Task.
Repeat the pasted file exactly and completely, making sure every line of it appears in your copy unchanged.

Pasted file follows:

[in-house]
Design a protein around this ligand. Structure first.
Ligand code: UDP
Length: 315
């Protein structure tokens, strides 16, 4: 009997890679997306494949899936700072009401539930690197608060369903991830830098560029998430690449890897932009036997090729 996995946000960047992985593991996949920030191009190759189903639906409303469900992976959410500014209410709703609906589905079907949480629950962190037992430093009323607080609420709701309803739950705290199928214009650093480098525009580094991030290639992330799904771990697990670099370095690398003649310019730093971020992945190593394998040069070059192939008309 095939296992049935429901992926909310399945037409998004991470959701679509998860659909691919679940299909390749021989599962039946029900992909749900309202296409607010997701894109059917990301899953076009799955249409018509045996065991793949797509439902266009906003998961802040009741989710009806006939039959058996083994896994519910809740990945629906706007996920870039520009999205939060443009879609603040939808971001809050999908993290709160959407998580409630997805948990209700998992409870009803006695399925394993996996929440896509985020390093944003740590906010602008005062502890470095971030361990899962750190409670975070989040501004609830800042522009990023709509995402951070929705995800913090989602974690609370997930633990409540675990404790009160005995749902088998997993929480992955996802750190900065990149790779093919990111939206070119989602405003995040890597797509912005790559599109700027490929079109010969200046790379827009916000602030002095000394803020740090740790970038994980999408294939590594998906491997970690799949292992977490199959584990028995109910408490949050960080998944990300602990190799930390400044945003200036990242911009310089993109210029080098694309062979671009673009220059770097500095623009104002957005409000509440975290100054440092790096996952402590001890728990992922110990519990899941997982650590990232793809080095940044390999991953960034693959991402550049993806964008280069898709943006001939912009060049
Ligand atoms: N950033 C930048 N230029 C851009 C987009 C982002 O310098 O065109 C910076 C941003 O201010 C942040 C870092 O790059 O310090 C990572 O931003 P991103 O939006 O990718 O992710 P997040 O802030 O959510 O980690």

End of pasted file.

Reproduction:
[in-house]
Design a protein around this ligand. Structure first.
Ligand code: UDP
Length: 315
């Protein structure tokens, strides 16, 4: 009997890679997306494949899936700072009401539930690197608060369903991830830098560029998430690449890897932009036997090729 996995946000960047992985593991996949920030191009190759189903639906409303469900992976959410500014209410709703609906589905079907949480629950962190037992430093009323607080609420709701309803739950705290199928214009650093480098525009580094991030290639992330799904771990697990670099370095690398003649310019730093971020992945190593394998040069070059192939008309 095939296992049935429901992926909310399945037409998004991470959701679509998860659909691919679940299909390749021989599962039946029900992909749900309202296409607010997701894109059917990301899953076009799955249409018509045996065991793949797509439902266009906003998961802040009741989710009806006939039959058996083994896994519910809740990945629906706007996920870039520009999205939060443009879609603040939808971001809050999908993290709160959407998580409630997805948990209700998992409870009803006695399925394993996996929440896509985020390093944003740590906010602008005062502890470095971030361990899962750190409670975070989040501004609830800042522009990023709509995402951070929705995800913090989602974690609370997930633990409540675990404790009160005995749902088998997993929480992955996802750190900065990149790779093919990111939206070119989602405003995040890597797509912005790559599109700027490929079109010969200046790379827009916000602030002095000394803020740090740790970038994980999408294939590594998906491997970690799949292992977490199959584990028995109910408490949050960080998944990300602990190799930390400044945003200036990242911009310089993109210029080098694309062979671009673009220059770097500095623009104002957005409000509440975290100054440092790096996952402590001890728990992922110990519990899941997982650590990232793809080095940044390999991953960034693959991402550049993806964008280069898709943006001939912009060049
Ligand atoms: N950033 C930048 N230029 C851009 C987009 C982002 O310098 O065109 C910076 C941003 O201010 C942040 C870092 O790059 O310090 C990572 O931003 P991103 O939006 O990718 O992710 P997040 O802030 O959510 O980690």